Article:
Current State: Beyond the Hype
3DP printing, now approx four-decade-old technology, is finally moving beyond the hype stage. According to an EY survey, thirty-six percent of companies are already applying or intend to apply this technique.
Industries like aerospace, defence and automotive are ahead of others in adopting this technology. Where is the technology being adopted? How pervasive is its adoption? What does the near future look like?
A pioneer in the use of 3DP, aviation industry turned to it to cut costs, improve efficiency and bring in on-demand manufacturing. Beyond models and prototypes, 3DP’s primary application in aviation and aerospace industry is producing parts and components for aircraft interiors. There are efforts on to expand the scope of 3DP to engines, exterior and structural components.
GE Aviation is aiming to manufacture 100 thousand additive parts. With over 300 3D printers, GE invests about 6 Billion USD in 3DP research and development every year. The aviation industry is ahead of the curve in 3DP adoption and is already using this technology not just for prototyping, but manufacturing transducers, functional interior components and soon mass producing engine parts. One-third of GE’s advanced turboprop engine GE Catalyst will be 3D printed from various metals. On similar lines, Boeing has partnered with a Swiss company, Oerlikon to 3D print structural aircraft components from titanium.
The impact of 3DP in healthcare is going to be life-changing, quite literally. Customization is key in this industry – be it prosthetics, scoliosis braces or dental implants. 3DP helps you digitally capture patient needs precisely and print custom goods. Instead of using plastic, metal, or glass, how about using stem cells to 3D print organs? Though this may seem futuristic, attempts in this direction have been fruitful in building tiny organs which may be the future of organ transplants. This bioprinting has many hoops to jump before being an accessible and realistic solution.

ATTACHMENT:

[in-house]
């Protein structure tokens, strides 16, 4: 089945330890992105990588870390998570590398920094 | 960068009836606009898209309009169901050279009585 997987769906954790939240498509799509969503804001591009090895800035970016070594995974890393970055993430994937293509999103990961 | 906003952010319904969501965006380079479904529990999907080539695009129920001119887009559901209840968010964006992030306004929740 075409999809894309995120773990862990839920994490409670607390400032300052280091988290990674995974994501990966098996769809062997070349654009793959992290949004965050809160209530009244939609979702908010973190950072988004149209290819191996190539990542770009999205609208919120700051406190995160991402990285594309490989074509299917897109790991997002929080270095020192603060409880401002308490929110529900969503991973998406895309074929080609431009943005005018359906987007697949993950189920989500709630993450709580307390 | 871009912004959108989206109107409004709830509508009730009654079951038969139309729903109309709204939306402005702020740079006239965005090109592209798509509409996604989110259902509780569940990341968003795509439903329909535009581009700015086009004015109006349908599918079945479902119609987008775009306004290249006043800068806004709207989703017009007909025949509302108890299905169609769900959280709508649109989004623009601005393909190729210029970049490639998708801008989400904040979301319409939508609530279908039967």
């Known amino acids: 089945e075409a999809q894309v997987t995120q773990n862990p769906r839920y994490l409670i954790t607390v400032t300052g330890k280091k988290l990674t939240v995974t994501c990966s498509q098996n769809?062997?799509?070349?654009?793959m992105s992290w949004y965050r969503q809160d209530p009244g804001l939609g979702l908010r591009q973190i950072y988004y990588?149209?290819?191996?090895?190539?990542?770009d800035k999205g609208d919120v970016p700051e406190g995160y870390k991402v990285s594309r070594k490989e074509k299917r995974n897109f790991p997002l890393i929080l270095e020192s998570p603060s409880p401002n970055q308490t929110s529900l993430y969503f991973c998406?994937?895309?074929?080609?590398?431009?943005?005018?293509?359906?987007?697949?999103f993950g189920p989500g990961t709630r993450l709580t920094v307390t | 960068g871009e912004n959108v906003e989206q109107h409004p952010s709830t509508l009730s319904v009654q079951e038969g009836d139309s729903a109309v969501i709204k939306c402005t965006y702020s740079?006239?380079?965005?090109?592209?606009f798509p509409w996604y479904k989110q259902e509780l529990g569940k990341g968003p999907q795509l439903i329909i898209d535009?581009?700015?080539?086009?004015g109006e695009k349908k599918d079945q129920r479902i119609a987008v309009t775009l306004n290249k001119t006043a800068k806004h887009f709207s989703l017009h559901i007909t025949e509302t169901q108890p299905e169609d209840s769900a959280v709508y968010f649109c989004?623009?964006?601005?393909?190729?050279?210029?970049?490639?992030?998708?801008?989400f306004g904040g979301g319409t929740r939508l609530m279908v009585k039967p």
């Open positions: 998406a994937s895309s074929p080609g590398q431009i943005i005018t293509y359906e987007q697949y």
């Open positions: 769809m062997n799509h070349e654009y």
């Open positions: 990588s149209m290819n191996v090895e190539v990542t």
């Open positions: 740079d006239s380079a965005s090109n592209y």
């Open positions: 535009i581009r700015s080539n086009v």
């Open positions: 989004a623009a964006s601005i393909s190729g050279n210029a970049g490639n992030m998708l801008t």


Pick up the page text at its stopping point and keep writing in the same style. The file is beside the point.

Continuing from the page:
Polypills – a 3D printed pill that contains multiple drugs – is another application of 3DP in healthcare. With different release times set, such a polypill can make patient experiences better. Not just polypills, 3DP could change the shape of tablets -imagine having a tablet for kids in the shape of their favorite cartoon character. Though this is about a decade away from an R&D, technology and regulatory point of view to converge and scale-up, the prospects look bright.
Jewelry and Fashion
3DP is all about printing designs off their digital formats. If so, why should jewelry not be 3D printed? Given the complexities in every piece of jewelry and the manual effort that goes in, in spite of mechanization coming in, 3DP has the potential to disrupt this industry just like in other applications of 3DP, in jewelry industry, 3DPcan help in prototyping, customization, creating newer designs that traditional methods can never realize, and enabling faster time to market.
Imagine walking to a jewelry store near you to pick a design and then get it 3D printed! The time is not far when this becomes a reality.